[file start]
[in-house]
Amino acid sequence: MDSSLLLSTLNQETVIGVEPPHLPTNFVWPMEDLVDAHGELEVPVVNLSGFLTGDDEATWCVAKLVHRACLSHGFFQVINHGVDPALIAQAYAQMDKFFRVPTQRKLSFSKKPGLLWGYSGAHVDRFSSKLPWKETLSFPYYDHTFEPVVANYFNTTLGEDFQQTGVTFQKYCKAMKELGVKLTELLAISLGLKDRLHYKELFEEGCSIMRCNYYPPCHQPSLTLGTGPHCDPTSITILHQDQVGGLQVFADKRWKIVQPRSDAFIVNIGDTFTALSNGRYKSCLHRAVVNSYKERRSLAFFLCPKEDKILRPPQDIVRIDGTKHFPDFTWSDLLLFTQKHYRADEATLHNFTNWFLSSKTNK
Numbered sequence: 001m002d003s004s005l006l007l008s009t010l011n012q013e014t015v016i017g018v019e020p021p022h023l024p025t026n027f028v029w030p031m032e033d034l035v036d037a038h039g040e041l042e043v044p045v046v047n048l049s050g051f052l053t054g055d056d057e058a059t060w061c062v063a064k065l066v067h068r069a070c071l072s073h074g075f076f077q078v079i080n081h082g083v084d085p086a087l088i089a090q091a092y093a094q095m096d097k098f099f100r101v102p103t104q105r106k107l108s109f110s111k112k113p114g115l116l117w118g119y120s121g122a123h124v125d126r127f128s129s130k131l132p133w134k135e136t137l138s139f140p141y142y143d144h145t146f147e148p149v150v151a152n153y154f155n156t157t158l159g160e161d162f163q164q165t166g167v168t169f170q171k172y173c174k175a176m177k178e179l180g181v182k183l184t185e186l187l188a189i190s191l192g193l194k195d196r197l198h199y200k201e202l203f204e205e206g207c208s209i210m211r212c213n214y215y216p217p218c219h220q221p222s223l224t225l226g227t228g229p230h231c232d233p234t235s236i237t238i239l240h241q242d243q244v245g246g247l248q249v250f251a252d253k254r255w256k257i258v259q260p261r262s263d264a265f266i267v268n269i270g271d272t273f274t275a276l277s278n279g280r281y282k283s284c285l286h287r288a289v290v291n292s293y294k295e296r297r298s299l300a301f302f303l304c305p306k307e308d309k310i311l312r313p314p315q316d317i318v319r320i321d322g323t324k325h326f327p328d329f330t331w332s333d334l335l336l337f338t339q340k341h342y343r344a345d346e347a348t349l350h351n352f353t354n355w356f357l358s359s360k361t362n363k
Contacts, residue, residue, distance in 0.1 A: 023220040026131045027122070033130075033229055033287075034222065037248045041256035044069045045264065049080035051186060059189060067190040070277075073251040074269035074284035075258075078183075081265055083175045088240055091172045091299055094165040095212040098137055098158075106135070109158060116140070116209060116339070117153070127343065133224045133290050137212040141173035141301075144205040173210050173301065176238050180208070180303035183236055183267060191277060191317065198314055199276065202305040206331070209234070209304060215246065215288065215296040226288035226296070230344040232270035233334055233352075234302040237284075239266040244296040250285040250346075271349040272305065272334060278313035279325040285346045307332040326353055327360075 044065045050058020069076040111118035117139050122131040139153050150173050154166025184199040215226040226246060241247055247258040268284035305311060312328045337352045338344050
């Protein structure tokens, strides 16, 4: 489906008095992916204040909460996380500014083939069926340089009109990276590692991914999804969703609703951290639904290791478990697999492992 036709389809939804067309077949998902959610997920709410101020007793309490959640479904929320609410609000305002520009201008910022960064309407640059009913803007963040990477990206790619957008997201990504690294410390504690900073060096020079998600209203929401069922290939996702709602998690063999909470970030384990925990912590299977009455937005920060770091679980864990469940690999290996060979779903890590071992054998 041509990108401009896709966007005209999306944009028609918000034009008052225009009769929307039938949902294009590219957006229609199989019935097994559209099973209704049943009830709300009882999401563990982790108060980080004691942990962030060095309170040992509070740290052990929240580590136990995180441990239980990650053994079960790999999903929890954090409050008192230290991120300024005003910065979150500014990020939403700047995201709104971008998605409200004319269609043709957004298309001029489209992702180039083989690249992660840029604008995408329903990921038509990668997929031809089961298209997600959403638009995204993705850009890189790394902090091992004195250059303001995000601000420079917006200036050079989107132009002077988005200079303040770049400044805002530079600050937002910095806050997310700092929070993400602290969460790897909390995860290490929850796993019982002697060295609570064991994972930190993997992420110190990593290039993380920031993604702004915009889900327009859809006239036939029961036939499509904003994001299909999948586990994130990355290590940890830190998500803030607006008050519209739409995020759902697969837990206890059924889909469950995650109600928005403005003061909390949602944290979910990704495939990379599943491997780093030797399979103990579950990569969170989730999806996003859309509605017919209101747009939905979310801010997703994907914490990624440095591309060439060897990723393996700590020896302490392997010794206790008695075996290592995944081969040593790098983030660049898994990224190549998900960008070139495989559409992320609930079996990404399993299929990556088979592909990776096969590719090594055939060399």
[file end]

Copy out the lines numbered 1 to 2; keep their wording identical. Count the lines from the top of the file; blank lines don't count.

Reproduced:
[in-house]
Amino acid sequence: MDSSLLLSTLNQETVIGVEPPHLPTNFVWPMEDLVDAHGELEVPVVNLSGFLTGDDEATWCVAKLVHRACLSHGFFQVINHGVDPALIAQAYAQMDKFFRVPTQRKLSFSKKPGLLWGYSGAHVDRFSSKLPWKETLSFPYYDHTFEPVVANYFNTTLGEDFQQTGVTFQKYCKAMKELGVKLTELLAISLGLKDRLHYKELFEEGCSIMRCNYYPPCHQPSLTLGTGPHCDPTSITILHQDQVGGLQVFADKRWKIVQPRSDAFIVNIGDTFTALSNGRYKSCLHRAVVNSYKERRSLAFFLCPKEDKILRPPQDIVRIDGTKHFPDFTWSDLLLFTQKHYRADEATLHNFTNWFLSSKTNK